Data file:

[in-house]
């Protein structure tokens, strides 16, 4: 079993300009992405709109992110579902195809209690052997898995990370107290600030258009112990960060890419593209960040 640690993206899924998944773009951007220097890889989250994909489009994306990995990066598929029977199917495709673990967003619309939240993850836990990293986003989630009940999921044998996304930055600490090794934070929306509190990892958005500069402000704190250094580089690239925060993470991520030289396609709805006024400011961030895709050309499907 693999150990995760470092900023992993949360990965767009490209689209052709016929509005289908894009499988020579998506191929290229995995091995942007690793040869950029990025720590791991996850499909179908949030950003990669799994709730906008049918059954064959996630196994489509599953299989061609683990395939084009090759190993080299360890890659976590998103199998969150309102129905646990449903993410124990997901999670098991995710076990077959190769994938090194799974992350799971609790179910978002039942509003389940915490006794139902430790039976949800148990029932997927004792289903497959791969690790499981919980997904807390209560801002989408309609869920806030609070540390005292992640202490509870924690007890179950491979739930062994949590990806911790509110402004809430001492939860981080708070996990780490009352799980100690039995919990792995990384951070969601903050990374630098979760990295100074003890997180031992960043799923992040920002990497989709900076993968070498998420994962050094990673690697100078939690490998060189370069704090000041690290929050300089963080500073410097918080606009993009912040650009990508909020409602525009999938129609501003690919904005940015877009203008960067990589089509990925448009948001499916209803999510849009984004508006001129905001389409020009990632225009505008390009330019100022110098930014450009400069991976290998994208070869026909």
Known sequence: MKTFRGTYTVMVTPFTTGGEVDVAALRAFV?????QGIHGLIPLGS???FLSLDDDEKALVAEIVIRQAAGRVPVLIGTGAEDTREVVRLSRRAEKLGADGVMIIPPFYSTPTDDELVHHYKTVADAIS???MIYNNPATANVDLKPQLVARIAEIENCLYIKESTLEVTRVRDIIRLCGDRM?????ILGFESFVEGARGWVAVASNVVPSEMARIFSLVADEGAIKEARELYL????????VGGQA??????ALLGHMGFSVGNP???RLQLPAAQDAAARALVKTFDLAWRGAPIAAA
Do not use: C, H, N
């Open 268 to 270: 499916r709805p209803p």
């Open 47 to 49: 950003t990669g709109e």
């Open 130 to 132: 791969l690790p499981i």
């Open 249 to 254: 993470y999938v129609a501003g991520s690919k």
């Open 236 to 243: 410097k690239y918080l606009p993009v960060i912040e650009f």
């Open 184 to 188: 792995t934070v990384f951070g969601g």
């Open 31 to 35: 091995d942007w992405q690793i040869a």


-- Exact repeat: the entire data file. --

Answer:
[in-house]
């Protein structure tokens, strides 16, 4: 079993300009992405709109992110579902195809209690052997898995990370107290600030258009112990960060890419593209960040 640690993206899924998944773009951007220097890889989250994909489009994306990995990066598929029977199917495709673990967003619309939240993850836990990293986003989630009940999921044998996304930055600490090794934070929306509190990892958005500069402000704190250094580089690239925060993470991520030289396609709805006024400011961030895709050309499907 693999150990995760470092900023992993949360990965767009490209689209052709016929509005289908894009499988020579998506191929290229995995091995942007690793040869950029990025720590791991996850499909179908949030950003990669799994709730906008049918059954064959996630196994489509599953299989061609683990395939084009090759190993080299360890890659976590998103199998969150309102129905646990449903993410124990997901999670098991995710076990077959190769994938090194799974992350799971609790179910978002039942509003389940915490006794139902430790039976949800148990029932997927004792289903497959791969690790499981919980997904807390209560801002989408309609869920806030609070540390005292992640202490509870924690007890179950491979739930062994949590990806911790509110402004809430001492939860981080708070996990780490009352799980100690039995919990792995990384951070969601903050990374630098979760990295100074003890997180031992960043799923992040920002990497989709900076993968070498998420994962050094990673690697100078939690490998060189370069704090000041690290929050300089963080500073410097918080606009993009912040650009990508909020409602525009999938129609501003690919904005940015877009203008960067990589089509990925448009948001499916209803999510849009984004508006001129905001389409020009990632225009505008390009330019100022110098930014450009400069991976290998994208070869026909």
Known sequence: MKTFRGTYTVMVTPFTTGGEVDVAALRAFV?????QGIHGLIPLGS???FLSLDDDEKALVAEIVIRQAAGRVPVLIGTGAEDTREVVRLSRRAEKLGADGVMIIPPFYSTPTDDELVHHYKTVADAIS???MIYNNPATANVDLKPQLVARIAEIENCLYIKESTLEVTRVRDIIRLCGDRM?????ILGFESFVEGARGWVAVASNVVPSEMARIFSLVADEGAIKEARELYL????????VGGQA??????ALLGHMGFSVGNP???RLQLPAAQDAAARALVKTFDLAWRGAPIAAA
Do not use: C, H, N
């Open 268 to 270: 499916r709805p209803p």
């Open 47 to 49: 950003t990669g709109e």
């Open 130 to 132: 791969l690790p499981i």
């Open 249 to 254: 993470y999938v129609a501003g991520s690919k």
């Open 236 to 243: 410097k690239y918080l606009p993009v960060i912040e650009f």
């Open 184 to 188: 792995t934070v990384f951070g969601g």
């Open 31 to 35: 091995d942007w992405q690793i040869a």